Intermittent fasting has recently captured the attention of dieters and health professionals alike — but is it a one-size-fits-all solution for weight loss?

The practice of intermittent fasting involves an individual regularly restricting caloric intake for relatively short periods of time by not eating and drinking only zero-calorie beverages like water or black coffee. Studies have suggested that it can help better manage blood sugar and insulin levels in the body, which can help control weight gain and reduce the risk of developing diabetes, according to Healthline.

Obesity in the United States among both adults and children has been a growing public health problem, especially in North Texas, as extensively covered by The Dallas Express. Being obese can increase the risk of an array of adverse health conditions, including type 2 diabetes, heart disease, certain types of cancer, and depression.

In a recent interview with USA Today, Nutritionist and BodyDesigns owner Mary Sabat weighed in on the trend of intermittent fasting.

“Intermittent fasting may be worth considering for both health and weight loss goals, but it’s not a magic solution,” Sabat told USA Today.

Sabat outlined three popular types of intermittent fasting, which have been named according to their particular “eating window.”

  • 16:8 Method – Fasters refrain from eating 16 hours daily, leaving an eating window of 8 hours. Fasters typically skip breakfast and ingest their daily caloric intake between 12 p.m. and 8 p.m.
  • 5:2 Diet – Fasters eat normally five days a week and limit calorie intake to around 500-600 for two non-consecutive days. The drastic reduction in calories on fasting days amounts to a single bagel with cream cheese or four strips of bacon.
  • Alternate-Day Fasting – Fasting days are alternated with non-fasting days, as the name suggests. Fasters can consume either no or very few calories on fasting days.

Sabat explained to USA Today, “The specific duration that works best for you may depend on your preferences and how your body responds. I personally like to use a 14-hour fast with everyone, especially women, but I will recommend a longer fast for men or someone who is very overweight and insulin resistant.”

One risk of intermittent fasting is that some people could adopt unhealthy eating habits on their non-fasting days or during their eating windows, which could hinder weight loss, according to Healthline. Furthermore, severe caloric restriction comes with various potential side effects, such as hunger, fatigue, insomnia, digestive issues, headaches, and malnutrition.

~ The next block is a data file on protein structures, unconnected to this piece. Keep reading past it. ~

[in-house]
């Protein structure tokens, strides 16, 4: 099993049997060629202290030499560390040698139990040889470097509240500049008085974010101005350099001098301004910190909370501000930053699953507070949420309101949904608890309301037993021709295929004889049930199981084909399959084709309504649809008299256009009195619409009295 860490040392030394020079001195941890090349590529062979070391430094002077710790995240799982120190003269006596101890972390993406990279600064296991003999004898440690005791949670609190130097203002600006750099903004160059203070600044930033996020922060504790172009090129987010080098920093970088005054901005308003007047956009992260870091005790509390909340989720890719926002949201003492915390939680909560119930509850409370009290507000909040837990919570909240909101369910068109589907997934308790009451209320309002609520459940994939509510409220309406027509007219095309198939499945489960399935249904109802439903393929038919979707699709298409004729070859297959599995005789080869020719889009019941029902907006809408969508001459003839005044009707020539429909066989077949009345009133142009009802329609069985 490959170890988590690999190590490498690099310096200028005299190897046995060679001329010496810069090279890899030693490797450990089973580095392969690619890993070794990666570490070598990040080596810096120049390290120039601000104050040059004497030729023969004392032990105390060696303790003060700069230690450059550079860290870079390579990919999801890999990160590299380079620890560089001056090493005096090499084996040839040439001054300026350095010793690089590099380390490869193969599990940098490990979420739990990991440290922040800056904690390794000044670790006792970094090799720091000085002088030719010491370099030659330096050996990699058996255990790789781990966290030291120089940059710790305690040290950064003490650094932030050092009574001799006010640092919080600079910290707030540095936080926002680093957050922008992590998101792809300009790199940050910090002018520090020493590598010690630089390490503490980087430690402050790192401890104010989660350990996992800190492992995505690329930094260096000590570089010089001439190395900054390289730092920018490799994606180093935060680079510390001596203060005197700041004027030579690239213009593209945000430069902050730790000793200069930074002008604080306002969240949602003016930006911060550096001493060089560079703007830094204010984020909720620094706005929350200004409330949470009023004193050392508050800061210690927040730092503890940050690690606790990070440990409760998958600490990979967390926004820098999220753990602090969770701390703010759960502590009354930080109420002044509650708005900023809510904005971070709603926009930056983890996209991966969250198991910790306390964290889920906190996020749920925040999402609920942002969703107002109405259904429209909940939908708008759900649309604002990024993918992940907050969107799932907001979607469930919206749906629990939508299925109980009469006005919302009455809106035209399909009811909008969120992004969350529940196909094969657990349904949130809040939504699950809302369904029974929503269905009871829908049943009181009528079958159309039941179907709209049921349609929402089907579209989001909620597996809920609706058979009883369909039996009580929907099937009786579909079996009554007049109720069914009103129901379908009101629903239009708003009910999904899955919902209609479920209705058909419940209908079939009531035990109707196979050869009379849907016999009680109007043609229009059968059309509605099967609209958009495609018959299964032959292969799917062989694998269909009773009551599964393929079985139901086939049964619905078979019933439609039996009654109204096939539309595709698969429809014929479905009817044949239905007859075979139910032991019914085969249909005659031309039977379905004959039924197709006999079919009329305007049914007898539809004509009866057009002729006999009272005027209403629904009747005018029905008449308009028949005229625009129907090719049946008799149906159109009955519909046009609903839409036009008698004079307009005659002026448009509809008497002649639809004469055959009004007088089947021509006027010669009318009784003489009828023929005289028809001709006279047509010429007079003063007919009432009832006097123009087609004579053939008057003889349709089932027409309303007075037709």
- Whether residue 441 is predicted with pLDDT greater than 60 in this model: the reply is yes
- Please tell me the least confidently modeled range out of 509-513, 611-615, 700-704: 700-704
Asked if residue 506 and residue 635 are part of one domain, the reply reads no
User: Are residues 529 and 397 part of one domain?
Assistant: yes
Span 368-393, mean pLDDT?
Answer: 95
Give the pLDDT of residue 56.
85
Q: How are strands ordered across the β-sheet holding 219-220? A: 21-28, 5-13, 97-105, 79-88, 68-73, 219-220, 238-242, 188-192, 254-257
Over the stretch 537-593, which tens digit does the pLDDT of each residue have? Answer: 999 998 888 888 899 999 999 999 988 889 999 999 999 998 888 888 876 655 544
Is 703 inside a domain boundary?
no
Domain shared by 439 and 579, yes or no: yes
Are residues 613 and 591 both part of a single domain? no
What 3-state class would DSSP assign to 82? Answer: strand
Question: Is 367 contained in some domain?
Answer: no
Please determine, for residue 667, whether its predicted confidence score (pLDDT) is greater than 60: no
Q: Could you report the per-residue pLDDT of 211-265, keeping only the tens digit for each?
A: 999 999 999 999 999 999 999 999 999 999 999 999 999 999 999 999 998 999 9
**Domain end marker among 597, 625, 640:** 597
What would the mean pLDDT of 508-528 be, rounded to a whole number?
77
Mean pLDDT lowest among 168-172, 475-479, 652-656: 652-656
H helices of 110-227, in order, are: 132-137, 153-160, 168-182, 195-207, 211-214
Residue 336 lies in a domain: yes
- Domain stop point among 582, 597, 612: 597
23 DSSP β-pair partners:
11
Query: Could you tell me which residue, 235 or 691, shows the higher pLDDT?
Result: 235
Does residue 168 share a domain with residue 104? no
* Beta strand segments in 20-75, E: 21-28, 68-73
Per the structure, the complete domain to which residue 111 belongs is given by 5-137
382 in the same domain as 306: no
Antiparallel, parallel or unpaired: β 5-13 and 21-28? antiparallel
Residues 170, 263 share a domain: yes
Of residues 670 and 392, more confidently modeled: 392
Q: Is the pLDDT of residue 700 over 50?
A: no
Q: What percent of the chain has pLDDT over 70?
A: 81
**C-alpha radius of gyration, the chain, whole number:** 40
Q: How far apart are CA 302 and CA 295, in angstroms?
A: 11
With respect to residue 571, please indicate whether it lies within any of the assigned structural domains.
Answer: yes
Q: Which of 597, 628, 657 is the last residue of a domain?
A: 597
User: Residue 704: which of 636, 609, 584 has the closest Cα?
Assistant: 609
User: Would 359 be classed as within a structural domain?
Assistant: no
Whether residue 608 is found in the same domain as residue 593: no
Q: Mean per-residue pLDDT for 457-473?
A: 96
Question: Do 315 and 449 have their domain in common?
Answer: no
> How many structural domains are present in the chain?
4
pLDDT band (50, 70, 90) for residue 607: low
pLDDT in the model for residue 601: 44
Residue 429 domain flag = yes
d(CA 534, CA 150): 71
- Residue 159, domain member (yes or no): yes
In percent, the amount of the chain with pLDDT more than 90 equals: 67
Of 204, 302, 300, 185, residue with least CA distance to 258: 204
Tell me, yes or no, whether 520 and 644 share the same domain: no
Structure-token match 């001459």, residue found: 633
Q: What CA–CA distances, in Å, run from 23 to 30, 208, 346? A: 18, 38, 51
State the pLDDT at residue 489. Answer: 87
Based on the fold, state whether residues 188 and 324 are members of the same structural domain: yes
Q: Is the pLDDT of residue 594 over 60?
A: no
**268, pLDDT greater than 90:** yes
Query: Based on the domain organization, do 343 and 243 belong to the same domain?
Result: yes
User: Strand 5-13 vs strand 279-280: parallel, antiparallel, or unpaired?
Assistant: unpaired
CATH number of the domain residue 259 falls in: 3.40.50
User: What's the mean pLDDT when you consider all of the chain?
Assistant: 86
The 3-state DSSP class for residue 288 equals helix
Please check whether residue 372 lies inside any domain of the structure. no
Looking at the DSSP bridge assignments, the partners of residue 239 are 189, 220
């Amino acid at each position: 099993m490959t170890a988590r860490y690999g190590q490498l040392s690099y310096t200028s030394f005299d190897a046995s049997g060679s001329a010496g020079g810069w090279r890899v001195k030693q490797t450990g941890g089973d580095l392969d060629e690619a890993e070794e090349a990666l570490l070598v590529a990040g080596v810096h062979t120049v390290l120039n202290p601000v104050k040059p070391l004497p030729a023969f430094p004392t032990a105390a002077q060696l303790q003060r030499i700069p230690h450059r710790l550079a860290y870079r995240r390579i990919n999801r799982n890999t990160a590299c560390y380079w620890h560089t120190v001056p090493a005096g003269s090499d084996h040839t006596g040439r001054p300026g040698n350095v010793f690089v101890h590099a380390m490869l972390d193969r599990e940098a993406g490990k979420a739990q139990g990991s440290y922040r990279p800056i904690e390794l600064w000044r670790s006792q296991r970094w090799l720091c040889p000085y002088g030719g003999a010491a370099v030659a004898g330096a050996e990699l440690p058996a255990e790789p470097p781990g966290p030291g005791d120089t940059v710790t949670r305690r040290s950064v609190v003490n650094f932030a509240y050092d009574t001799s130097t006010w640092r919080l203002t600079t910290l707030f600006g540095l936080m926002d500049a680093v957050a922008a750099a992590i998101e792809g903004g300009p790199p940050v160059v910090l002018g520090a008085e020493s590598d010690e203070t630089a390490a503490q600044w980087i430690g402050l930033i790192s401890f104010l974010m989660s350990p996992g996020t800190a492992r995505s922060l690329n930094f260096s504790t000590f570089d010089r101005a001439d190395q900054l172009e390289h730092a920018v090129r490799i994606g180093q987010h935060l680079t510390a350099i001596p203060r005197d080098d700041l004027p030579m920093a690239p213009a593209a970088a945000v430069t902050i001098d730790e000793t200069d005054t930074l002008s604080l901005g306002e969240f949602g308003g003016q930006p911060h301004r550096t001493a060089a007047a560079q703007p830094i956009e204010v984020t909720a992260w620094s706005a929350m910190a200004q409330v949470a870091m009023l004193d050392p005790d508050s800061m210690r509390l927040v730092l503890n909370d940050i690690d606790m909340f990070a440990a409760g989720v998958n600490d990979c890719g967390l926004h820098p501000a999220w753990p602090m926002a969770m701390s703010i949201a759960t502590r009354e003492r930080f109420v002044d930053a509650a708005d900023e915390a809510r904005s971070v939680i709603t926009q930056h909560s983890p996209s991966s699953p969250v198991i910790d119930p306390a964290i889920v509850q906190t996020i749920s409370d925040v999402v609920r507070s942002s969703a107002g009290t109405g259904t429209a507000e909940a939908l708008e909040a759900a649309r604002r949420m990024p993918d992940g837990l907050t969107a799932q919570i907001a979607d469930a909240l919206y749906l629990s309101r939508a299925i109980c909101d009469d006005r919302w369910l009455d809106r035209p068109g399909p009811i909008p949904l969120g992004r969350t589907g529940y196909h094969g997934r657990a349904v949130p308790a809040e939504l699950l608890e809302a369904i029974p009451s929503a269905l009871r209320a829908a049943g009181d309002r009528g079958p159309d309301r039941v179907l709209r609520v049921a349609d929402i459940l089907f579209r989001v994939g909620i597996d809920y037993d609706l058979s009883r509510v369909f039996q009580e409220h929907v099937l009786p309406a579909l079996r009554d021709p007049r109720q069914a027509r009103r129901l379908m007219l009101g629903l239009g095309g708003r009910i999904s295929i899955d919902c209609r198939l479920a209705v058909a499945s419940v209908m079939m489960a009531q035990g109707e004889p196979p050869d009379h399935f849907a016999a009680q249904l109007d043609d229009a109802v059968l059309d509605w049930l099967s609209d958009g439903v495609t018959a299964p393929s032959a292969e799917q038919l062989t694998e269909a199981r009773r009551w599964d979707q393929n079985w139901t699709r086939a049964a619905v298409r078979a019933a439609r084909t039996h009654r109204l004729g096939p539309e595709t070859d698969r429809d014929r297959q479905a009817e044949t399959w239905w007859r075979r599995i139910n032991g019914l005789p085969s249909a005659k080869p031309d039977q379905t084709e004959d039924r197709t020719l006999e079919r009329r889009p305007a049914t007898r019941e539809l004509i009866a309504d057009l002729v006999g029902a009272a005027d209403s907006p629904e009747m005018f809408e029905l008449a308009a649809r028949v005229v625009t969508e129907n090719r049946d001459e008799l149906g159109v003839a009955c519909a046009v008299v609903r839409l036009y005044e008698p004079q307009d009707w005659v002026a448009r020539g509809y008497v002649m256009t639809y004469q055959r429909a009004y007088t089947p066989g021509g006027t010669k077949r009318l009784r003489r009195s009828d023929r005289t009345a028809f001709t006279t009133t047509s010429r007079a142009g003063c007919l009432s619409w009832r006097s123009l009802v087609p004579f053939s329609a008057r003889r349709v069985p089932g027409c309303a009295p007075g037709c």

Sabat stressed the importance of fitting intermittent fasting within “an overall healthy lifestyle” that includes a balanced diet and regular physical activity, reported USA Today. She also pointed out that intermittent fasting is not appropriate for everyone.

“Certain groups, such as pregnant or breastfeeding women, individuals with a history of disordered eating, and those with certain medical conditions, should exercise caution or avoid it altogether,” Sabat told USA Today.

This includes people with high stress levels, whose bodies could respond to intermittent fasting by producing too much of the hormone cortisol. According to Sabat, women, in particular, can experience spikes in their cortisol levels during intermittent fasting that can result in gaining weight instead of losing it. Ultimately, intermittent fasting should be undertaken in consultation with a healthcare professional.

Still, the scientific community has not come to a consensus on the practice.

Research has linked some forms of fasting to increased longevity, with the biological process of breaking down and recycling old cell parts (autophagy) believed to be enhanced through fasting, as previously reported by The Dallas Express. It can have the effect of “resetting” the gut microbiome in particular, which could improve metabolic and digestive health and reduce the risk of various diseases.

On the other hand, as The Dallas Express reported, another study using a sample size of 24,000 adults over the age of 40 found that skipping breakfast correlated to a higher risk of dying from cardiovascular disease.